Mamata's Historic 211-Seat Mandate Might Derail Action On Corruption

20/05/2016 1:27 PM IST | Updated 15/07/2016 8:26 AM IST
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The wrapper ad with the morning newspaper in Kolkata makes the party line clear in Mamata Banerjee’s favoured blue and white lettering.

The people have spoken. Development has been chosen.

The people have certainly spoken. Thumpingly.

Trinamool – a bulldozing 211, a historic single party majority in the West Bengal Assembly.

The CPM reduced to 26 seats. The “honour” of being Bengal’s principal opposition party now goes to the Congress with 44 seats. While Narendra Modi goes for a Congress-mukt Bharat, Mamata Banerjee is well on the way to a CPM-mukt Bengal.

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Yes, the people have certainly spoken. But whether they chose development is another issue altogether.

Six Trinamool leaders who popped up in the Narada sting tapes shown apparently accepting crash from an “industrialist” contested the election. Only Madan Mitra, already behind bars for the Saradha scam, lost his seat. As the tea shop post mortem in my neighbourhood in Kolkata went “Madan winning from jail would have been just too much.”

One of the stung leaders Subhendu Adhikari won by 81,320 votes. Several ministers did fall but they were ironically ministers with fairly clean reputations like former chief secretary Manish Gupta. Even Smita Bakshi, the MLA in whose constituency the flyover collapsed, and whose relative was linked to the syndicate that was involved in building the flyover, pulled through.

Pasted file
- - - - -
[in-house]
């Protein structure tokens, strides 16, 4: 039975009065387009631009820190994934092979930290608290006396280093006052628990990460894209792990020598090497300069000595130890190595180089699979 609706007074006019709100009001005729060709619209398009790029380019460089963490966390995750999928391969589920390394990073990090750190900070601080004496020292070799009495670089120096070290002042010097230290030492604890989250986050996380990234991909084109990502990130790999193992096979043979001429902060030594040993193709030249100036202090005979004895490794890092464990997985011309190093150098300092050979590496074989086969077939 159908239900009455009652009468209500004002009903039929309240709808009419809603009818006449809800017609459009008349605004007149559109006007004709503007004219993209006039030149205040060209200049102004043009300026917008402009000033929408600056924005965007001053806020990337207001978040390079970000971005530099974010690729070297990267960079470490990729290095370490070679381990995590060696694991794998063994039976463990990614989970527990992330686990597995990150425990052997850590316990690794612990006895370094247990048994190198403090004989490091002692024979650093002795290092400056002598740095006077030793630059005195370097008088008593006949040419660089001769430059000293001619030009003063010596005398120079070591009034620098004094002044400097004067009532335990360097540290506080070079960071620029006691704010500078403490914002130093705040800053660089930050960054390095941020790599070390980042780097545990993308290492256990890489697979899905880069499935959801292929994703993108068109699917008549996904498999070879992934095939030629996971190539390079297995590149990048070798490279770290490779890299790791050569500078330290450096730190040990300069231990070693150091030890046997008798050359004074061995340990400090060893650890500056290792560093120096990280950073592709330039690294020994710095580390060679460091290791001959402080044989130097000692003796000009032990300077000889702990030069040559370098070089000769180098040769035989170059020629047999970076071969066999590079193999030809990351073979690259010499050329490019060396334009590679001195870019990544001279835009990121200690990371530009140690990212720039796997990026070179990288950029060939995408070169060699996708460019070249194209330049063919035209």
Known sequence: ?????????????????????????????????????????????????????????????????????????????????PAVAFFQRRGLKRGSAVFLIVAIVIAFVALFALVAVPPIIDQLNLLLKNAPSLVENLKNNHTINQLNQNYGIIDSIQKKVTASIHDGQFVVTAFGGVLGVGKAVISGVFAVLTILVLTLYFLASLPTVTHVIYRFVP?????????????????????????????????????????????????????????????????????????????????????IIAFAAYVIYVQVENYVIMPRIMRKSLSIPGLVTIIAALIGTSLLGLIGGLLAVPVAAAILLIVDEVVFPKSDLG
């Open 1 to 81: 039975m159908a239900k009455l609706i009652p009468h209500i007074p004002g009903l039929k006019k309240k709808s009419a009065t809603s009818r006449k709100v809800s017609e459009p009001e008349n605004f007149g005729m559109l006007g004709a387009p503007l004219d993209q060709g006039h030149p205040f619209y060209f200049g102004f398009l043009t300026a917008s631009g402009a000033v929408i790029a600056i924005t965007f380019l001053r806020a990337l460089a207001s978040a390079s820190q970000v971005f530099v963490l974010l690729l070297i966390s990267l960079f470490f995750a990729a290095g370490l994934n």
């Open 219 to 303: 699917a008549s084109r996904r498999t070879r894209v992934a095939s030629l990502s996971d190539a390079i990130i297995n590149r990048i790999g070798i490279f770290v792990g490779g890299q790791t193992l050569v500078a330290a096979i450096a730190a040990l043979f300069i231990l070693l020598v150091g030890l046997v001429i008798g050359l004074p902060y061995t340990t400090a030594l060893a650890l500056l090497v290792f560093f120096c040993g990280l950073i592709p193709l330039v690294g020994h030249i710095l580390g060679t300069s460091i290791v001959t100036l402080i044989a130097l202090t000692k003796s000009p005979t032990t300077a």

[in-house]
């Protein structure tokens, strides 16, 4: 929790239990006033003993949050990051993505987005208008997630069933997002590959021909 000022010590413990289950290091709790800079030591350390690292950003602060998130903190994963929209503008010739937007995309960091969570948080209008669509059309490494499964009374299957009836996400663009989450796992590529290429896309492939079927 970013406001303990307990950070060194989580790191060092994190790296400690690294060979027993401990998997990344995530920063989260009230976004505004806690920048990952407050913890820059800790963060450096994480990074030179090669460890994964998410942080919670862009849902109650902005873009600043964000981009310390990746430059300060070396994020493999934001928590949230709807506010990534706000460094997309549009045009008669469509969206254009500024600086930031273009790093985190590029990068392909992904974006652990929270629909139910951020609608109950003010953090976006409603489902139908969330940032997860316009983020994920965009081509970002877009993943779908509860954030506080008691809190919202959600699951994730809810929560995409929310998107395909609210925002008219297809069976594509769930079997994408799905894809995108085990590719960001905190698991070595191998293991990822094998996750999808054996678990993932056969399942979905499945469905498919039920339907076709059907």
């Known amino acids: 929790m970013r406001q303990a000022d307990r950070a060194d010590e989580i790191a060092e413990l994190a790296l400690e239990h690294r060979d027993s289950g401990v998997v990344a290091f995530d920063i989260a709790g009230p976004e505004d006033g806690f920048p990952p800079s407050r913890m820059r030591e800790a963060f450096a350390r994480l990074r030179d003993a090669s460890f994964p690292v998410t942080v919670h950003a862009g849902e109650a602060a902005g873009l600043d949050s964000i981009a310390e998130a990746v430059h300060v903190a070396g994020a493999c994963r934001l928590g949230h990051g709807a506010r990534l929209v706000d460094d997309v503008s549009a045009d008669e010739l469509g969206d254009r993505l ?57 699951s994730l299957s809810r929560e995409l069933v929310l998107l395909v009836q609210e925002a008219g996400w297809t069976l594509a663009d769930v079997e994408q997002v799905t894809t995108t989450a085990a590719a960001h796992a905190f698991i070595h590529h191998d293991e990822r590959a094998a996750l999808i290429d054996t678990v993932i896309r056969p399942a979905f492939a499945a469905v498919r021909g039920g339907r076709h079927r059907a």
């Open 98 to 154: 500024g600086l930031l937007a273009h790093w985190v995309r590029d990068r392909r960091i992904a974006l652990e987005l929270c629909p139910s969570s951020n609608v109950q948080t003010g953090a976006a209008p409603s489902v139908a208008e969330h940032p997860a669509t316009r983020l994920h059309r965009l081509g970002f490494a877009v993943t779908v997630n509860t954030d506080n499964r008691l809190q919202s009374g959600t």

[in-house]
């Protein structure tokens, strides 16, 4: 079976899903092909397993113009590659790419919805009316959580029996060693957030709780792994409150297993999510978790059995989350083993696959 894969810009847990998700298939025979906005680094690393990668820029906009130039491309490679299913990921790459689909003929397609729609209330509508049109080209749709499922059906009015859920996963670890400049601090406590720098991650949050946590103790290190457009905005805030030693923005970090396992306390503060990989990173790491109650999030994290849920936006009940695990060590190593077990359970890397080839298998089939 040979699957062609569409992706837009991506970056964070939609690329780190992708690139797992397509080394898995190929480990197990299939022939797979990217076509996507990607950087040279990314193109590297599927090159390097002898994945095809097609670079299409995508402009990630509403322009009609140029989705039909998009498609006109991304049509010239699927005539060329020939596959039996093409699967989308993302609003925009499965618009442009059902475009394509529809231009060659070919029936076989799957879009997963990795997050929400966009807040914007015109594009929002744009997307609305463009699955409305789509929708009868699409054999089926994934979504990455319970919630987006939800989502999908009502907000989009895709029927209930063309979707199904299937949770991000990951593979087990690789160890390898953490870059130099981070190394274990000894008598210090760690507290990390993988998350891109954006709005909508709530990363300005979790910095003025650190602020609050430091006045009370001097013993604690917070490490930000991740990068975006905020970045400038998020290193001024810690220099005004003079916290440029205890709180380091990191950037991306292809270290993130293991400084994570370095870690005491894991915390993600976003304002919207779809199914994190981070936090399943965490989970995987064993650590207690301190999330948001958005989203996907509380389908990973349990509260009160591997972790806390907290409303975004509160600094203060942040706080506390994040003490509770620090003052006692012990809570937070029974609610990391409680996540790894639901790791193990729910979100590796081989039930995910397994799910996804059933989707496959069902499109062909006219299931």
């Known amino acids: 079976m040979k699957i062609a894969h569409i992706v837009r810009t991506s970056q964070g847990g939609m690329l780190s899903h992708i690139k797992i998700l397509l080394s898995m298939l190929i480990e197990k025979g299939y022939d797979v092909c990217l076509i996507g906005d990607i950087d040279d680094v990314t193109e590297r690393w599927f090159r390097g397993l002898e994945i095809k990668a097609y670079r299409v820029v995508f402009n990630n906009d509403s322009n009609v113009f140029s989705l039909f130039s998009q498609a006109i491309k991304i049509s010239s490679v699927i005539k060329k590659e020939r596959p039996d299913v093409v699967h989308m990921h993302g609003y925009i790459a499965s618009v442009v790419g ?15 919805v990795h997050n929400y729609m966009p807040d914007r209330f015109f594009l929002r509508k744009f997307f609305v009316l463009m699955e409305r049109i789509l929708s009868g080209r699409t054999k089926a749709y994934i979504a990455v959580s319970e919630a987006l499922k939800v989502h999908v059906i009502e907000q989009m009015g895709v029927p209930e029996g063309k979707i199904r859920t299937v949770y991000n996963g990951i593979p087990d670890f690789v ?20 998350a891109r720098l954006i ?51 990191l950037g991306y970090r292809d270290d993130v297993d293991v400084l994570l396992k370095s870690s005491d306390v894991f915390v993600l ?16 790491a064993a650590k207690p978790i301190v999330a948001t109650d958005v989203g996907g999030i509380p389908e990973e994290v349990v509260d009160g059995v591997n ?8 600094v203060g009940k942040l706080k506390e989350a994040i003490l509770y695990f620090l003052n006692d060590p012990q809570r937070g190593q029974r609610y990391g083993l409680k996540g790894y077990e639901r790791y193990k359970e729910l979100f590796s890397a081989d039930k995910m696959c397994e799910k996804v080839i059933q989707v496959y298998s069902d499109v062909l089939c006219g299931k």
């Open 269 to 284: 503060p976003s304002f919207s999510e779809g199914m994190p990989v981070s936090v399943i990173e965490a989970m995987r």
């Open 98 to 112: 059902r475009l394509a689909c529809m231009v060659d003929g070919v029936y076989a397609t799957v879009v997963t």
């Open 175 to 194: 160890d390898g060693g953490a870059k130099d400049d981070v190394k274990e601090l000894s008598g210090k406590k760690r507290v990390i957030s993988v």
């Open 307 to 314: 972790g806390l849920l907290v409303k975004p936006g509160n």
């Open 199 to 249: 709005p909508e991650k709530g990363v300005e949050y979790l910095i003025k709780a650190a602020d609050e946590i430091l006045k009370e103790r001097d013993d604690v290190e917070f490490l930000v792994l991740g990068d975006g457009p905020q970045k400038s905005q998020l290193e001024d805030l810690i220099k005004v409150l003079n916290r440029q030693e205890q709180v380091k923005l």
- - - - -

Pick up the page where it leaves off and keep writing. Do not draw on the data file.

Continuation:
Before the elections Mamata Banerjee had sounded different notes on the Narada sting. At one meeting she had said had she known earlier she might have acted differently. At other meetings she had been defiant calling it a conspiracy hatched to defame her, “kutsa” as she called it.

At her post-victory press conference she singled out Rajdeep Sardesai for praise for his channel’s exit polls calling the results right. But the newly empowered Didi also made it clear that that feeling of goodwill had its limits. When Sardesai asked her about corruption allegations she retorted “What do you think? Today, do you have your answer?”

It was an open question whether post-elections she would act on it. The size of the mandate pretty much answered that question.

At her post-victory press conference she singled out Rajdeep Sardesai for praise for his channel’s exit polls calling the results right. But the newly empowered Didi also made it clear that that feeling of goodwill had its limits. When Sardesai asked her about corruption allegations she retorted “What do you think? Today, do you have your answer?”

She was answering a question about apples with a statement about oranges. Ruchir Joshi writes in The Telegraph “Sardesai is trapped in politeness, and he doesn’t say what he should – the fact that you’ve won a landslide is no proof that your ministers and regime aren’t corrupt.”

Likewise even if the Narada sting was a conspiracy with nefarious intentions to try and blackmail and target the Trinamool, it does not prove money was not offered and money was not taken. One has nothing to do with the other. Narada might have dirty origins. That does not mean those caught in its web did not have dirty hands.

But a 211-seat mandate is like washing powder Nirma bringing about “doodh si safedi” for everyone in its wake.

As Mamata said categorically “The campaign on corruption was false and the people defeated it.”

The people, mind you, not the courts or the CBI or even the CID.